This is no big deal, you just do the ground work, desensitizing and sensitizing with a halter and lead, instead of free lounging in a round pen. Make sure to wear gloves and if the horse spooks, do not try to stop the spook just go with it.
Now, this is where if I was a big time clinician, I would try to sell you my handy dandy halter and lead rope set for $49.99, or what ever price I thought someone would pay for it. But I'm not, so I'll just say use what ever halter and lead rope you have around, just make sure that it is in good condition. I will suggest using a lead that is at least 12 feet long. That way you can allow rope to slide through your hand, if you can't keep up with the horse spooking. This is why you need to wear gloves, because even if you relax your hand (which you won't, it's human nature to try to stop it, and your hand will tense some) the rope being pulled through it will burn you hands.
Knowing when to Quit
I'm not talking about quitting on the horse, but quitting for the day. It can be difficult to stop, especially if the horse is doing really well, but eventually the horse is going to get bored or his attention span is going to go out. You need to quit before either of these happen. If the horse is starting to get bored or his attention seems to be wondering, go back to something that you know he can do really well. Have him do that, then stop for the day on a good note.
If at any time you feel your frustration growing, again go back to something that you know that he does really well, and end the day on a good note.
Losing your temper with any horse can undo all the work that you have just done. If you feel that you have to, and the horse is in a safe place just drop the rope and walk off for a while. Return, and end on a good note after you have had a few minutes to compose your self. It is far better to just walk off, then risk totally losing it on the horse. It's also better for you, it will eventually teach you more control of yourself.
So, what's next?
After the ground work, desensitizing, and sensitizing you will go on with the same ground work that you would do with any other horse. Always backing up to something the horse can go well when he gets nervous. Redirect his attention from what ever, and give him something to do that he can do.
Take his training slow and steady, and his trust in you will grow. Every horse in training needs to be worked daily, even if you can only squeeze in a few minutes. Always start with something that you know he can do and build off of that.
When nervous horses spook
As you work with your horse, you will begin to know when a spook is coming. You will need to learn to relax in these situations arise. Now I'll tell you why. Say you're out on the trail, and you feel your horse tense up, getting ready for a spook, in response to him tensing up, you tense up, collect your reins, even though you may not realize it, your seat tightens, your legs tighten, and you hold your breathe, all getting ready for the ride that you are fixing to have. Whether it's a jump to the side, a spin and run off in the opposite direction or a bolt, buck or rear, your body is getting ready for it, because you mind is saying, here we go again. Your horse interprets this as what he is thinking about spooking as is a real threat, because his leader is also getting ready to spook at it. Do you see how this is a chain reaction, getting ready to explode?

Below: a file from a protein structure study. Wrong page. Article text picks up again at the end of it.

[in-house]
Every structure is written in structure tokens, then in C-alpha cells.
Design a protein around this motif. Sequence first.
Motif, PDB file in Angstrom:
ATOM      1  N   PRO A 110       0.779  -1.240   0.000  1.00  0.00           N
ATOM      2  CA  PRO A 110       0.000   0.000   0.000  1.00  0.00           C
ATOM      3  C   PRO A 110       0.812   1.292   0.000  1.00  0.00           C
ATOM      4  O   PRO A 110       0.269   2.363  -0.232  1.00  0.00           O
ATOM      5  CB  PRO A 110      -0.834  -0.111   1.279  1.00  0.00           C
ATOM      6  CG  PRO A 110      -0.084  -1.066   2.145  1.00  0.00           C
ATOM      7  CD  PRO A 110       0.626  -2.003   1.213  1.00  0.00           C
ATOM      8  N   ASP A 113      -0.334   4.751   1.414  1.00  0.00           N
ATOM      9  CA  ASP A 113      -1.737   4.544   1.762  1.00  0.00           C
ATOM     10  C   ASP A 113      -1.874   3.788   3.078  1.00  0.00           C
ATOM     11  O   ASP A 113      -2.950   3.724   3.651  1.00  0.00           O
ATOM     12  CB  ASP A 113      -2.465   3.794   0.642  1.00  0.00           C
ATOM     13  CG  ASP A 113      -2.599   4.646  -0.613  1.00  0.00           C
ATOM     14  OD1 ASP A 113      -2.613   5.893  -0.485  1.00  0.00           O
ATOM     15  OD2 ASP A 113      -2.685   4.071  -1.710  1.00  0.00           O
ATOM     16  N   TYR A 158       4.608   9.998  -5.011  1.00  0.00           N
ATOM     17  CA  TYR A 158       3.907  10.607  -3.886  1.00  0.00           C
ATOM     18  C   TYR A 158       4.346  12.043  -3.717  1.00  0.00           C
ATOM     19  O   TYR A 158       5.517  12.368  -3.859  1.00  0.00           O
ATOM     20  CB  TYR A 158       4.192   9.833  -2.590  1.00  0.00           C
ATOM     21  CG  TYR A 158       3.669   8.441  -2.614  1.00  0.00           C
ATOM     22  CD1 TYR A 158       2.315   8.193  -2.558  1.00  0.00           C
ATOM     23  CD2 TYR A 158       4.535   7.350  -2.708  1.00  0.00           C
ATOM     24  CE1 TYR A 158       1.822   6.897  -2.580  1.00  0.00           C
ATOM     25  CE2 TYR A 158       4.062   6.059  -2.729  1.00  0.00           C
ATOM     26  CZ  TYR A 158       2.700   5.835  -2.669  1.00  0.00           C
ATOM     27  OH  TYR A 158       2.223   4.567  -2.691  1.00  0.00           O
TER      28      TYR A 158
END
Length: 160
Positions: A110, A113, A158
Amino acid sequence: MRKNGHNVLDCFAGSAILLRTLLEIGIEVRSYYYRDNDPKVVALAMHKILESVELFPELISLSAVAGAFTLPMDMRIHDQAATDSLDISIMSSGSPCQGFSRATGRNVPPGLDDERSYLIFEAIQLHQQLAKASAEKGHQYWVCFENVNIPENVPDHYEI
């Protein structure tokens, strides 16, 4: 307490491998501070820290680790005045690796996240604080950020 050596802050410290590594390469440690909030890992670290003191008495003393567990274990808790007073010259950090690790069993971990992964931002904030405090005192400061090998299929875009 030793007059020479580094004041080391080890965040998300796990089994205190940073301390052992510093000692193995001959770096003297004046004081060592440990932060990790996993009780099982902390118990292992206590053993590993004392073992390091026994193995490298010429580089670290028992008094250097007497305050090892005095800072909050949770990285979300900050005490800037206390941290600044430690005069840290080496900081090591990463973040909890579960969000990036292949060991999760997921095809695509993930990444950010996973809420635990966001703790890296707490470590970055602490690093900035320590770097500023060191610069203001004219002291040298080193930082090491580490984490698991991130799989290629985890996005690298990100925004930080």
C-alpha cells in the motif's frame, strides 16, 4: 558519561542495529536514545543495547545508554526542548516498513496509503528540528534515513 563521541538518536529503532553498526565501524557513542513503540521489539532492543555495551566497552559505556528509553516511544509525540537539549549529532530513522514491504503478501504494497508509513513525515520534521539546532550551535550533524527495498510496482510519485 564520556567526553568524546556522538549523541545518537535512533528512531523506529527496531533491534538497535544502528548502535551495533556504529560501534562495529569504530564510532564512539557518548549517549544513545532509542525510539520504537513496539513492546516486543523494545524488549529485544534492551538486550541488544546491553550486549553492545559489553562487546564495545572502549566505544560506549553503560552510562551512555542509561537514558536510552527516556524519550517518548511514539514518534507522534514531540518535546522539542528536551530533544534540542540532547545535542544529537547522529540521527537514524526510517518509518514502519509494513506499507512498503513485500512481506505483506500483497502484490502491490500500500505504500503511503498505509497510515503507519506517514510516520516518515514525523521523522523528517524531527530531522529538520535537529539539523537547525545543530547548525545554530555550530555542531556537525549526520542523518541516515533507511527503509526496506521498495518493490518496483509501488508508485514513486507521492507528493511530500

All the work that you have done with him, has been to teach him to trust you. If you stay relaxed, he should walk right by what ever it was that he was thinking about spooking at. The key to staying relaxed? Keep breathing, even if you have to tell yourself breathe in, breathe out, just keep breathing. Holding our breathe is usually our body's first physical response to a stressful situation, and it is often the reason why we can not recall all of the details of the situation, but that's another blog all by itself.
The horse looks to you for leadership, and if you remain relaxed and not spooked, so will he.
Will my horse ever be where he doesn't spook at everything?
Yes, he will get to where he will not spook at everything. But the chances of him ever getting where he will not spook at anything are not very good. There is no way that you can expose him to everything that could ever possibly spook him during training. The good news is that he will get to where he spooks more quietly, and less explosively than he does now. He will learn to rely on you for input, and trust your judgement. But only time and training can build this relationship.
Most of the big time clinicians, sell their information at a premium price, and they tell you that you have to use their equipment for it to work. When in fact, you can use a good condition halter and lead rope you already have and what ever whip you already have as well. If not, you can buy a few of them for what these clinicians charge.
Now, can I sell you a halter and lead rope set, you bet I can. For the price of $24.00 for the set, plus shipping and handling. But I can guarantee you that I'm not making a killing on them either. For each set, I would make a grand total of $6.60, all the rest is the cost of materials. It doesn't even figure in that it takes me five to six hours to braid the lead rope. I make them because I use them, not because I tell everyone else that they have to use, or this training won't work.
You'll never convince me that CA's halter is any better than mine, and mine only costs me a dollar and a few minutes of my time to make.